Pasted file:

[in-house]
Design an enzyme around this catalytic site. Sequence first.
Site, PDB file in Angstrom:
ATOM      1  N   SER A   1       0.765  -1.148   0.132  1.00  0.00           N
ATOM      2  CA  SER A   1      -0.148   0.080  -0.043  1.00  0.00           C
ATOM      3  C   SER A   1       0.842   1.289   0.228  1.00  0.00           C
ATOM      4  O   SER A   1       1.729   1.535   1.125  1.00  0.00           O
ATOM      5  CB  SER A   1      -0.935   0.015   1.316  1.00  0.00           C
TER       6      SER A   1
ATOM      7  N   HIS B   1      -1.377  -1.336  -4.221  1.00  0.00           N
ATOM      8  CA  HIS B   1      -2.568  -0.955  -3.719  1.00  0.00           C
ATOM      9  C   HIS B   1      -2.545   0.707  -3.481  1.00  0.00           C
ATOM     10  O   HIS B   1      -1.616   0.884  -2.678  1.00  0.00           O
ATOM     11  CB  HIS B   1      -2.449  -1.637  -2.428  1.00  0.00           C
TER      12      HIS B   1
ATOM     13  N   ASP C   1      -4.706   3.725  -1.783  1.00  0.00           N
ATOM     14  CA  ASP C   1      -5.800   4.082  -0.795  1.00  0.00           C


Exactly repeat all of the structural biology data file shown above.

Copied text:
[in-house]
Design an enzyme around this catalytic site. Sequence first.
Site, PDB file in Angstrom:
ATOM      1  N   SER A   1       0.765  -1.148   0.132  1.00  0.00           N
ATOM      2  CA  SER A   1      -0.148   0.080  -0.043  1.00  0.00           C
ATOM      3  C   SER A   1       0.842   1.289   0.228  1.00  0.00           C
ATOM      4  O   SER A   1       1.729   1.535   1.125  1.00  0.00           O
ATOM      5  CB  SER A   1      -0.935   0.015   1.316  1.00  0.00           C
TER       6      SER A   1
ATOM      7  N   HIS B   1      -1.377  -1.336  -4.221  1.00  0.00           N
ATOM      8  CA  HIS B   1      -2.568  -0.955  -3.719  1.00  0.00           C
ATOM      9  C   HIS B   1      -2.545   0.707  -3.481  1.00  0.00           C
ATOM     10  O   HIS B   1      -1.616   0.884  -2.678  1.00  0.00           O
ATOM     11  CB  HIS B   1      -2.449  -1.637  -2.428  1.00  0.00           C
TER      12      HIS B   1
ATOM     13  N   ASP C   1      -4.706   3.725  -1.783  1.00  0.00           N
ATOM     14  CA  ASP C   1      -5.800   4.082  -0.795  1.00  0.00           C